SciELO - Scientific Electronic Library Online

vol.33 número4Creencias y percepciones de los pacientes con estreñimiento crónico sobre etiología, complicaciones y eficacia de las medidas generales. Una encuesta en consulta externa de gastroenterologíaCaracterísticas de la disfagia en pacientes de un centro de gastroenterología en Bogotá D. C., Colombia índice de autoresíndice de materiabúsqueda de artículos
Home Pagelista alfabética de revistas  

Servicios Personalizados




Links relacionados

  • En proceso de indezaciónCitado por Google
  • No hay articulos similaresSimilares en SciELO
  • En proceso de indezaciónSimilares en Google


Revista colombiana de Gastroenterología

versión impresa ISSN 0120-9957

Rev Col Gastroenterol vol.33 no.4 Bogotá oct./dic. 2018 

Original articles

Prevalence, possible associations and characteristics of functional gastrointestinal disorders in children between 2 and 4 years of age in Cali, Colombia

Jorge Luis Buitrago-Escobar1 

Carlos Alberto Velasco-Benítez2  * 

Eder Antonio Villamarín Betancourt3 

1Pediatra. Universidad del Valle. Cali, Colombia.

2Gastroenterólogo y nutriólogo pediatra. Profesor titular Universidad del Valle. Cali, Colombia

3Pediatra, Profesor asociado. Universidad del Valle. Cali, Colombia



Studies of functional gastrointestinal disorders (FGDs) among preschoolers are scarce.


The objective of this study is to describe the prevalence, possible associations and characteristics of pre-school children with FGDs from private clinics and hospital outpatient clinics in Cali, Colombia.

Materials and method:

This is a descriptive study of prevalence in children between 2 and 4 years of age. The parents and/or guardians responded to the Rome III Criteria in Spanish. Sociodemographic, family and clinical variables were taken into account. The statistical analysis included measures of central tendency, two-tailed Student’s t-tests, chi-square tests, Fisher’s exact test, univariate and multivariate analyses, and calculation of ORs and 95% CI with p <0.05 established as statistically significant.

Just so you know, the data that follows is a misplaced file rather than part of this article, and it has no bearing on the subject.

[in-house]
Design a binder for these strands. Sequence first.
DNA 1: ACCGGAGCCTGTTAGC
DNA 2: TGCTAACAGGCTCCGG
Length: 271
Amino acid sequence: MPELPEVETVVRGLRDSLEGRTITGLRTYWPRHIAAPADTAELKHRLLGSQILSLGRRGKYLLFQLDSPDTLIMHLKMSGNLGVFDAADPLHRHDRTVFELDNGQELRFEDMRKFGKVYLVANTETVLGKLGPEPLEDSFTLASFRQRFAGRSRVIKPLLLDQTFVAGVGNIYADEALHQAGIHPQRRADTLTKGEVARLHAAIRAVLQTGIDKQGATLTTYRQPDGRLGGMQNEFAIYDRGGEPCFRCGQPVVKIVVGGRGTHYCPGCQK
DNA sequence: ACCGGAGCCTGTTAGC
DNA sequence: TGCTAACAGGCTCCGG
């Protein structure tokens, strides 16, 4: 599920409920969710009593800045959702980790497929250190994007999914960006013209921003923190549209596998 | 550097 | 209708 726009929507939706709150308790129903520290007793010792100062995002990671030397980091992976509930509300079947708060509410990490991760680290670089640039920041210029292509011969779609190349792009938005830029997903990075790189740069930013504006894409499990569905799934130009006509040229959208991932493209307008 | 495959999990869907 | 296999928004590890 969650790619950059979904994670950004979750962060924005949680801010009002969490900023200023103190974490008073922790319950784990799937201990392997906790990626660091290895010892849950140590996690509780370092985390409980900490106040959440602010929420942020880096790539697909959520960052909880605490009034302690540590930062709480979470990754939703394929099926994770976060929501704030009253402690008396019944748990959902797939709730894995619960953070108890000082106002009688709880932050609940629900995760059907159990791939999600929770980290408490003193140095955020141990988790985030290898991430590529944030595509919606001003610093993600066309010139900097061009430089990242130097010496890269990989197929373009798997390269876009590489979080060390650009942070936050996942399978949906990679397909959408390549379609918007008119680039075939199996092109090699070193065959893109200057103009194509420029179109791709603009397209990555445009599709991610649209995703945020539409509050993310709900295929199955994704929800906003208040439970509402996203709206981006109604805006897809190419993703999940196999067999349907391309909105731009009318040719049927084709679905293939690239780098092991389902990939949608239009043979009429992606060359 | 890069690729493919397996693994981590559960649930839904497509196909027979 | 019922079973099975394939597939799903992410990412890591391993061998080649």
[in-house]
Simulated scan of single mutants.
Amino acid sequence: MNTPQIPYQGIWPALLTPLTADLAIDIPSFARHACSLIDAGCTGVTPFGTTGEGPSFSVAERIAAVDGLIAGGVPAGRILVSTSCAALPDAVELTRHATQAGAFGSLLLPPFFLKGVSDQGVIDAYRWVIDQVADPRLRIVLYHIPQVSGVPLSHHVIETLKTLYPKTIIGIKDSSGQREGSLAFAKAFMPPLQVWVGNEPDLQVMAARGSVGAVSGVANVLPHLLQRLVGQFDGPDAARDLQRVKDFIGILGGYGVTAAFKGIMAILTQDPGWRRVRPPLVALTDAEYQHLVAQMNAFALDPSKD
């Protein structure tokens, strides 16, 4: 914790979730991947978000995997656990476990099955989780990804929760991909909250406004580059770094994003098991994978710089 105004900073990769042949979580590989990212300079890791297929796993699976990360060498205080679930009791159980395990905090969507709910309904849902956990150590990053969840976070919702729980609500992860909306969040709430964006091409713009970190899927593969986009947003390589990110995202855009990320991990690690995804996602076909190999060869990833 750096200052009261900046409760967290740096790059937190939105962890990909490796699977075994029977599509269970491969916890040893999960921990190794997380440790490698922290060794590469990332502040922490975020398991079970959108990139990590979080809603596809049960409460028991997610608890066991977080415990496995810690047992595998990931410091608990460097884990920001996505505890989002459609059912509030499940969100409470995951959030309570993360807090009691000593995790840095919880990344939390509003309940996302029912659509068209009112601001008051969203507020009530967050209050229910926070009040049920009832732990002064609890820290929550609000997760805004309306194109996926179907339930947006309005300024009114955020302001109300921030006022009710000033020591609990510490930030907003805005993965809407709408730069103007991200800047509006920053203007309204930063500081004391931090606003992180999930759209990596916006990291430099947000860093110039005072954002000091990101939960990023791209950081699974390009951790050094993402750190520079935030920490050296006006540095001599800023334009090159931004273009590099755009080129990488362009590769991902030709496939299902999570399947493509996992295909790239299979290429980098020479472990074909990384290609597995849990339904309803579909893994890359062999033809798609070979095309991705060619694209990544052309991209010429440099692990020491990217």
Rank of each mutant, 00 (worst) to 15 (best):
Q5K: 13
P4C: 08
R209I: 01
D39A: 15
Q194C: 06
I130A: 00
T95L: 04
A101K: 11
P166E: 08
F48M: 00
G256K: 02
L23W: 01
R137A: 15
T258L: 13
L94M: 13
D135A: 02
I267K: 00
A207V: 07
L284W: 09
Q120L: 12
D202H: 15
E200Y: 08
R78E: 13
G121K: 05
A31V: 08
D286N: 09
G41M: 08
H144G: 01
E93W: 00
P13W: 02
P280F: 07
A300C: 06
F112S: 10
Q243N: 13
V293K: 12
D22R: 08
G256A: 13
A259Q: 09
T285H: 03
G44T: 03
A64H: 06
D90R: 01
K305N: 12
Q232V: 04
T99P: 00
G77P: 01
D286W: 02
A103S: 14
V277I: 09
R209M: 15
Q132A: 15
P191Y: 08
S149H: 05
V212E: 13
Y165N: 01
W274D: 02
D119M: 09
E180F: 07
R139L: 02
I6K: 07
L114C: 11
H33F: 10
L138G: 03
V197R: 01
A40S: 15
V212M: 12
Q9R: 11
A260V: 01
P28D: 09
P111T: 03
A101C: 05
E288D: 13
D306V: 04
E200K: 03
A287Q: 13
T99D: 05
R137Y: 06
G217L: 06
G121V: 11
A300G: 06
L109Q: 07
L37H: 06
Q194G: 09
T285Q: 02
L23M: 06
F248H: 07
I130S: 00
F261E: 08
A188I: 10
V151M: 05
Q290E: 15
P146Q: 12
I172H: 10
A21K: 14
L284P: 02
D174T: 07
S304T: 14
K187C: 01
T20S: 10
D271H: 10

One hundred eighty-eight children were included (3.4 ± 0.7 years, 51.6% male, 63.3% private consultation) The prevalence of FGDs was 39.9%, the prevalence of functional constipation was 36.2%, the prevalence of functional diarrhea was 2.7% and the prevalence of cyclic vomiting syndrome was 1.1%. The main symptoms were for functional constipation were two or less bowel movements pre week and pain during defecation. Functional constipation was predominant when the patient had separated or divorced parents.


The prevalence of FGDs was high and was the main cause of functional constipation. A possible risk factor is separated or divorced parents.

Keywords: Constipation; preschool; prevalence; digestive diseases; risk factors



los estudios en desórdenes gastrointestinales funcionales (DGF) de preescolares son escasos.


describir la prevalencia, posibles asociaciones y características en preescolares con DGF de consulta externa privada y hospitalaria de Cali, Colombia.

Materiales y métodos:

estudio descriptivo tipo prevalencia en niños entre los 2 y 4 años de edad. Los padres y/o tutores respondieron los Criterios de Roma III en español. Se tuvieron en cuenta variables sociodemográficas, familiares y clínicas. El análisis estadístico incluyó medidas de tendencia central, t-student a dos colas, chi cuadrado (χ2) y prueba exacta de Fisher; análisis uni y multivariados, cálculo de Odds ratio (OR) e intervalo de confianza (IC) 95 %, siendo una p <0,05 estadísticamente significativa.


se incluyeron 188 niños (3,4 ± 0,7 años, 51,6 % de sexo masculino, 63,3 % de consulta privada). Hubo una prevalencia del 39,9 %, 36,2 %, 2,7 % y 1,1 % para DGF, estreñimiento funcional (EF), diarrea funcional (DF) y síndrome de vómito cíclico (SVC), respectivamente. Los principales síntomas fueron para EF, heces 2 o menos veces por semana y dolor al defecar. Hubo predominio cuando tenían padres separados/divorciados.


La prevalencia de DGF fue alta, siendo la principal causa el EF y su posible factor de riesgo, tener padres separados/divorciados.

Palabras clave: Estreñimiento; preescolares; prevalencia; enfermedades digestivas; factores de riesgo


Functional Gastrointestinal Disorders (FGDs) in infants and preschoolers are defined according to the Rome IV Criteria as diverse and variable combinations of recurrent or chronic gastrointestinal symptoms that, after adequate medical evaluation, are not attributable to other medical conditions. 1 These disorders are one of the main reasons that children are referred to gastroenterologist. 2 In addition, FGDs have significant impacts on the quality of life of patients and their families, as well as on the cost of health care. 3